Farmed fish is laden with chemicals, mercury and the fish are fatter as they don’t have the space to be free as opposed to wild caught fish which have more omegas, sometimes as much mercury and are 3-4 times more expensive. Check out this great article by Rodale for more information. Ultimately people have to be comfortable in the decision they make when determining what type of fish to consume. Making these decisions, however, implores one to be informed.
Once you develop the mindset that there is a public health implication in everything we do, you begin to think more consciously about your actions and are more mindful about your impact. The connection between public health and preventative care becomes is blatant, and you can begin to see if from whatever lens you are wearing, be it parent, teacher, chef or physician.
Here’s a sampling of various disciplines and how you can appreciate public health and take part in your own preventative health from those lenses. This reminds me of the way I first learned about public health vis a vis the social justice theory which one of my grad school professors, Dr. Bernard Turnock, is very well known for discussing. It implies that everyone in society has a fair share of burdens and benefits and that everyone be educated about health and illness. This is why I believe in the interdisciplinary approach to public health as it involves all aspects of a society.
Appreciate public health…
As a scientist. You need to understand your genetic makeup. Do you have a predisposition to heart disease? Do you have a history of diabetes? Also, understand how artificial and synthetic products are created. Soy protein isolate, for example, sounds great, it’s ‘soy’, but it’s a synthetic by-product created from soy and has little resembles to its original, healthy form. If you aspire to eat lean, clean and green you can avoid most of the synthetic junk that finds its way into common foods. It may be an adjustment, but completely possible. Beyond genetics and food is epidemiology and the etiology of disease. Understanding how diseases are formed and spread are critical to staying healthy.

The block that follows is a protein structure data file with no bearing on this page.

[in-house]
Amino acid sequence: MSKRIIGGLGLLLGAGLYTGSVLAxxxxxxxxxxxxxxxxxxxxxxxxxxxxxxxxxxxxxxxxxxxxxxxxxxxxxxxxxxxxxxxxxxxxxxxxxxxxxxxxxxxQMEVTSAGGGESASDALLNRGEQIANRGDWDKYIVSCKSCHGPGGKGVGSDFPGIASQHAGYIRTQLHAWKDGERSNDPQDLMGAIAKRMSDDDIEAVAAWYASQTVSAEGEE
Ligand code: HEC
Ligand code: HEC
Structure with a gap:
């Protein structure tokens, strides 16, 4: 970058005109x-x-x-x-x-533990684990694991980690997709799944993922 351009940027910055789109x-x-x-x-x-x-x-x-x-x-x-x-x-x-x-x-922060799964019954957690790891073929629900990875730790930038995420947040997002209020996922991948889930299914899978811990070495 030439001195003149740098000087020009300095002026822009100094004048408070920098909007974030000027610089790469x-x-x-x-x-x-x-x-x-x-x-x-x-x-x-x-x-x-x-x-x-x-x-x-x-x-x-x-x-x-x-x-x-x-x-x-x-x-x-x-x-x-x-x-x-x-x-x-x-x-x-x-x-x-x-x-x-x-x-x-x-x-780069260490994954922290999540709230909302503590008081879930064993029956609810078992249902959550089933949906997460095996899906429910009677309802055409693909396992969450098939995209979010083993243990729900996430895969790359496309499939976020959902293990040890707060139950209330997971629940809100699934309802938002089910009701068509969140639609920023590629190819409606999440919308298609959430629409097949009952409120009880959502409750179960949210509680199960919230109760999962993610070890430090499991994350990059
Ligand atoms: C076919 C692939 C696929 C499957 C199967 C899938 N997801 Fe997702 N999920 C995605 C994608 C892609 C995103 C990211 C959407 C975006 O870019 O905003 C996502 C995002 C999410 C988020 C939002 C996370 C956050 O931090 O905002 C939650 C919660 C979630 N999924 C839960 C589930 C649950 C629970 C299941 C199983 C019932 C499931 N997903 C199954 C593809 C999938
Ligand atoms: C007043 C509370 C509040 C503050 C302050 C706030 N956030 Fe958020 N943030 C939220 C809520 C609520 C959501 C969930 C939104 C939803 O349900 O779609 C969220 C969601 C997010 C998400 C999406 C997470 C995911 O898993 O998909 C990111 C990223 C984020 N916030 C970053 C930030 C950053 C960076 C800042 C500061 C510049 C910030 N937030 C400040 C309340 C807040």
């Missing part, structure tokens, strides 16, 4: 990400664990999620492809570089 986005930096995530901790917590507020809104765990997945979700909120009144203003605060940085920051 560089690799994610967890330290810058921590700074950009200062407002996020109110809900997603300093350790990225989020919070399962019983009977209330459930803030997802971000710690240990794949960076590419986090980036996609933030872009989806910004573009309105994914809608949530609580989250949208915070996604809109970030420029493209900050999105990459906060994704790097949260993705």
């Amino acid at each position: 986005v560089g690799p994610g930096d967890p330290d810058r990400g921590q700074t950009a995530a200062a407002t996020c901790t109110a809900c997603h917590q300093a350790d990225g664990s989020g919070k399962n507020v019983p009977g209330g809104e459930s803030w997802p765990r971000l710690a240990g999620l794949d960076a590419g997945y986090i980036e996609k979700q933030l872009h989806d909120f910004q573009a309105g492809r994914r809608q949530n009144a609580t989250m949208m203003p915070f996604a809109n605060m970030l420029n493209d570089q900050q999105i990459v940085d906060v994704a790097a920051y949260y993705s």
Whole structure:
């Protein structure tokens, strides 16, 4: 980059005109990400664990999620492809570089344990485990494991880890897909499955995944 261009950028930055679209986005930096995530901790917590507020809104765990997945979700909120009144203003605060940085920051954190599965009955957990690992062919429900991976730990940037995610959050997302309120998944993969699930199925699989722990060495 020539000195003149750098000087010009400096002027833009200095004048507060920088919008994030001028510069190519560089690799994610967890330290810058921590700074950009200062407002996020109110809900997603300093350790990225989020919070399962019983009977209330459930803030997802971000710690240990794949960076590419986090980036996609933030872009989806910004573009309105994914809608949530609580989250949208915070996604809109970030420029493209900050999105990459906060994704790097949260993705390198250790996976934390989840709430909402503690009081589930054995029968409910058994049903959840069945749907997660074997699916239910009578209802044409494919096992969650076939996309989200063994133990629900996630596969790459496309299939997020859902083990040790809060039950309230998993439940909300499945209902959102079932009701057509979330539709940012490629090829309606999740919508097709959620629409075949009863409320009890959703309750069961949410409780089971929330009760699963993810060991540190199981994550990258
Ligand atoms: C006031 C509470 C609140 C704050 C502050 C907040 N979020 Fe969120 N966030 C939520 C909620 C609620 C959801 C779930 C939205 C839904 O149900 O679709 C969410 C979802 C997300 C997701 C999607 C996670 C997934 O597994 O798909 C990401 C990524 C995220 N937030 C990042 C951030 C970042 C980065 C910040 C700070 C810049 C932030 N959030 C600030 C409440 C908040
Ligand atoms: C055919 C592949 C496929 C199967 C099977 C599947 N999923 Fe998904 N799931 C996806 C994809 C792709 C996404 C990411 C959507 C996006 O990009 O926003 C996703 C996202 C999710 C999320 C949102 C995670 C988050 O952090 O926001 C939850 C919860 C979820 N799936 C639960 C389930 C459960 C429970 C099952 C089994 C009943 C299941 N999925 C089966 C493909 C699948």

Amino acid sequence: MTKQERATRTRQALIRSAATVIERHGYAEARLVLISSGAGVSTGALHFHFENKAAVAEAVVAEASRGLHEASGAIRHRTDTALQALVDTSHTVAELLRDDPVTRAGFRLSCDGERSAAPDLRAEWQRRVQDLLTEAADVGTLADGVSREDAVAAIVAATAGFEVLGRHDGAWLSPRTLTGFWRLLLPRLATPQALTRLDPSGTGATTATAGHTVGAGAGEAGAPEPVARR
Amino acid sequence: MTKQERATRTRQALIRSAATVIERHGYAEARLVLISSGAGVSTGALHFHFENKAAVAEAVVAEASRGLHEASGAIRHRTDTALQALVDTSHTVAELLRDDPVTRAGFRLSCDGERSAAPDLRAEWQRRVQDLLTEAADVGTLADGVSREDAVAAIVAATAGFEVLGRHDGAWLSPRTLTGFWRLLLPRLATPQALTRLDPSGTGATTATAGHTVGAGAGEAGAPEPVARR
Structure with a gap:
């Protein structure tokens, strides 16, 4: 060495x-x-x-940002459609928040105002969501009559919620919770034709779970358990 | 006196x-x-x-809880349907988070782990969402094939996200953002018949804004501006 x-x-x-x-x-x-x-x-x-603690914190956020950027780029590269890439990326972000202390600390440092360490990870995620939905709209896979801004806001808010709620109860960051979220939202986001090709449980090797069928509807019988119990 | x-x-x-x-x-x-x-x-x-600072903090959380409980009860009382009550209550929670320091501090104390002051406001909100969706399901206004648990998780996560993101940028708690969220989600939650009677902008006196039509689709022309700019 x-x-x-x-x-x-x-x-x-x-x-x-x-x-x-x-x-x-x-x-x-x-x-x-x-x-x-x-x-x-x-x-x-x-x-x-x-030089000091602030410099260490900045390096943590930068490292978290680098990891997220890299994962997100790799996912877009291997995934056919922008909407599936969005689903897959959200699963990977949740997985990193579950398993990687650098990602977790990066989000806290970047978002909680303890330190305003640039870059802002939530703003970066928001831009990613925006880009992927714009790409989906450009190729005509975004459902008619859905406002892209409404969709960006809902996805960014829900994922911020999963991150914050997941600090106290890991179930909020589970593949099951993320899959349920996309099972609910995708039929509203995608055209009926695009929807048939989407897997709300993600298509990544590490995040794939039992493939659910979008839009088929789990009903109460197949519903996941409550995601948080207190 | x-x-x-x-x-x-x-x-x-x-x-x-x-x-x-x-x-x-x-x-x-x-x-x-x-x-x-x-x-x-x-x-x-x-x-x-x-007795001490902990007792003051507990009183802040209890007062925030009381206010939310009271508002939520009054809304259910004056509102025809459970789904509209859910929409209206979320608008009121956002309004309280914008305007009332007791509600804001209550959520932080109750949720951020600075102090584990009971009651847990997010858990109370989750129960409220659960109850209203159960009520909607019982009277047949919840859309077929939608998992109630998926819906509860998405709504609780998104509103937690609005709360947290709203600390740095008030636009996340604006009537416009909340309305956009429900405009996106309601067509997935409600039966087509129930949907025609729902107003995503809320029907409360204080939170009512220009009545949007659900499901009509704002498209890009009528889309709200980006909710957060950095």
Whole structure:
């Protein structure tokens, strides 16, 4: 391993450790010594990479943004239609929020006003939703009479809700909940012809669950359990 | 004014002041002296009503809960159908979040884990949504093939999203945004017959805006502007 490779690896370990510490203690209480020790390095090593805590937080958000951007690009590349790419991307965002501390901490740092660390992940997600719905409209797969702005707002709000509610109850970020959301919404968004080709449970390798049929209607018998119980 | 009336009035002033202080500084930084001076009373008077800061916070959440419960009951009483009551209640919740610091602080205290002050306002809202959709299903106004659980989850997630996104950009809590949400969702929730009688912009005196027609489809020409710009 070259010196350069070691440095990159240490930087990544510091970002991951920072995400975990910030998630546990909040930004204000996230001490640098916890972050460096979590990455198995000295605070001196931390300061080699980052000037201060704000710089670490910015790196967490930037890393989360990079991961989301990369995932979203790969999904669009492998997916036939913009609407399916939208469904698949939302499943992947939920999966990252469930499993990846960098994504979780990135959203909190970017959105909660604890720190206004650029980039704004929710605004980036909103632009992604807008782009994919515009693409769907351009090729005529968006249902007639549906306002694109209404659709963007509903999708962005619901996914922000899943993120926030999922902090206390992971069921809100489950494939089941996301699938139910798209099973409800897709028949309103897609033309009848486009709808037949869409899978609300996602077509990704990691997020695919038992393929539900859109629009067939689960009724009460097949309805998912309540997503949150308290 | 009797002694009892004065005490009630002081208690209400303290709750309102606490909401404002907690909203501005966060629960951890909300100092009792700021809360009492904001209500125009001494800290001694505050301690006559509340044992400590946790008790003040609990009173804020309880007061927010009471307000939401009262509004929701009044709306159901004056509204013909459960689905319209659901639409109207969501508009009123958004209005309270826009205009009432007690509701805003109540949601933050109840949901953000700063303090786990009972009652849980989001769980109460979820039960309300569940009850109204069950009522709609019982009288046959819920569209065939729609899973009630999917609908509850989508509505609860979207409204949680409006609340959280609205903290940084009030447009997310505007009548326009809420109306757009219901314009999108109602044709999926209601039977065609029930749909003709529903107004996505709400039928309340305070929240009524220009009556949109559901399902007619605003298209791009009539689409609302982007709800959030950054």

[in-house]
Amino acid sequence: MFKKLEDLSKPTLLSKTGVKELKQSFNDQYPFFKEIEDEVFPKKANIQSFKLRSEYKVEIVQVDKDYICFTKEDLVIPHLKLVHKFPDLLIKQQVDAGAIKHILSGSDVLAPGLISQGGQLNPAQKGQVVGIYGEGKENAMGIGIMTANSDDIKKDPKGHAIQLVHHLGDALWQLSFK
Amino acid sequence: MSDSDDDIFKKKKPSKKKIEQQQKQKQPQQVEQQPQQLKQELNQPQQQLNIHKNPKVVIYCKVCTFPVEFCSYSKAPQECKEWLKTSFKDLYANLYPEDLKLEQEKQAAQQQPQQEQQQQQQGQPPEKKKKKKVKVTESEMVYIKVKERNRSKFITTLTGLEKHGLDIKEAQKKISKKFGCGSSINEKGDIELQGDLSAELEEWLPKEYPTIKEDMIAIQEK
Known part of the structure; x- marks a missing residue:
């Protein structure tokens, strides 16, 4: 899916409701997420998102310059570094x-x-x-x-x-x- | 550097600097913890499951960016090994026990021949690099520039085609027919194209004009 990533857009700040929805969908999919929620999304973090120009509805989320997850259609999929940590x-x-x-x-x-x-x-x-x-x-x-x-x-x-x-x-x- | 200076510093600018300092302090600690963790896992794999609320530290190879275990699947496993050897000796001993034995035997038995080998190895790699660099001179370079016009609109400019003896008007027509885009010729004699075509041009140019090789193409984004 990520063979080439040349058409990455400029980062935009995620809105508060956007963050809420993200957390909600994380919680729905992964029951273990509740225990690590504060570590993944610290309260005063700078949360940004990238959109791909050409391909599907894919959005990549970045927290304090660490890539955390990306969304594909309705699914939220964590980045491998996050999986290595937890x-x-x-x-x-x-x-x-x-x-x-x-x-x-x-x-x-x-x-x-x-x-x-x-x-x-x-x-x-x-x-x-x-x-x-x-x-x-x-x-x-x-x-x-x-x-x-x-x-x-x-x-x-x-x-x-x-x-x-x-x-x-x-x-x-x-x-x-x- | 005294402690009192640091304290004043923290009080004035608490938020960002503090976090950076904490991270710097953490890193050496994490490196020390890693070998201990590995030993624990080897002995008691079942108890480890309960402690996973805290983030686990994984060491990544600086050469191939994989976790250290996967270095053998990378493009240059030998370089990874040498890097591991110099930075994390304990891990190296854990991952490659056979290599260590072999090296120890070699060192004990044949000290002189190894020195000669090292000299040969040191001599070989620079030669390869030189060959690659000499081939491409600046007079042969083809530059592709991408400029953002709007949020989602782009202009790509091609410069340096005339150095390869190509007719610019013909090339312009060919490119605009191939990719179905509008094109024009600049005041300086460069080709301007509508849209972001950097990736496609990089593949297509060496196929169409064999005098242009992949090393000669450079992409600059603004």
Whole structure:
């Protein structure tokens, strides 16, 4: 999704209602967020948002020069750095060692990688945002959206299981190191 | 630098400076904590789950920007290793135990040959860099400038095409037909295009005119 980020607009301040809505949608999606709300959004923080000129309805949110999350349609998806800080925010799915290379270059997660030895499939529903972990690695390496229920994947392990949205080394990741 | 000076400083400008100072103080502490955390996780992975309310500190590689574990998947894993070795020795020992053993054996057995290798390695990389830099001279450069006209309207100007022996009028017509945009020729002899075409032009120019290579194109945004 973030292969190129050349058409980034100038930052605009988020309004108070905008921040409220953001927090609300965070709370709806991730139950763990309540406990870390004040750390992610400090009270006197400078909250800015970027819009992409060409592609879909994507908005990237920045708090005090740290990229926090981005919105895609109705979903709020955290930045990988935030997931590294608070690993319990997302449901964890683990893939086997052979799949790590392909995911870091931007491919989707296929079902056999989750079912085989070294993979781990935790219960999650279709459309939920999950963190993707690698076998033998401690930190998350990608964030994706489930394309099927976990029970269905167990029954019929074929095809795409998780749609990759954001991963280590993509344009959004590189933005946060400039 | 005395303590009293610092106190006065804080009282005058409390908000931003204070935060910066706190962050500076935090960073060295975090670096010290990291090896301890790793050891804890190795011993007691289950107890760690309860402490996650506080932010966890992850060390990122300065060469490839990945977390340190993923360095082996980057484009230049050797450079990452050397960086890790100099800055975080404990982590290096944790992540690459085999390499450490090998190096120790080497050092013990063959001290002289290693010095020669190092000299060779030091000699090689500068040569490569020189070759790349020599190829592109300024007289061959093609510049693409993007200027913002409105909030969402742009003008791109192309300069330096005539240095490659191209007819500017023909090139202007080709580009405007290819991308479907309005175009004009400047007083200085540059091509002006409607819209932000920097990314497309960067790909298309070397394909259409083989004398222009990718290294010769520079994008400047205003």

As an accountant / entrepreneur. Learn how to budget and live within your means. Retail therapy, excess spending, and falling into debt are tickets to financial hell. Many people complain that eating healthy is costly, yet have no problem purchasing the latest TVs or personal electronics. Eating organic can be expensive so maybe pick the top 3-5 food items your household consumes the most and purchase those products in organic. Excess spending and living outside of your means induces stress which brings unwanted health risks.
As a lawyer / activist / politician. As my mom always told me, “Be an advocate for yourself.” Understand consumer law, understand how the FDA and USDA work. Understand how food is regulated and how the corn industry is monopolized by a few companies. (Join the fight against Monsanto). Understand your insurance policy, your rights as an insurance consumer. Does your employer reward you for maintaining your health during the year?
As a consumer. Ultimately we are all consumers. You’re reading this, you are consuming information. We consume products, ideas, food, concepts, and words. What are we putting out there in response? We are all part of a system that relies upon the strength of one another (until we get some new version of healthcare). Insurance premiums vary based on the health of your group. Cancer rates are high and communicable diseases are spreading.
What are you going to do about your public health?
- Docs Urged to Treat Unhealthy Habits Before Damage Is Done (oddonion.com)
- A few of my favorite foods (runayesharun.wordpress.com)
- To Soy or Not to Soy? (eemmooblog.wordpress.com)
- American Awareness: Monsanto – The Company that kills (but helps farmers) (criminologyjust.blogspot.com)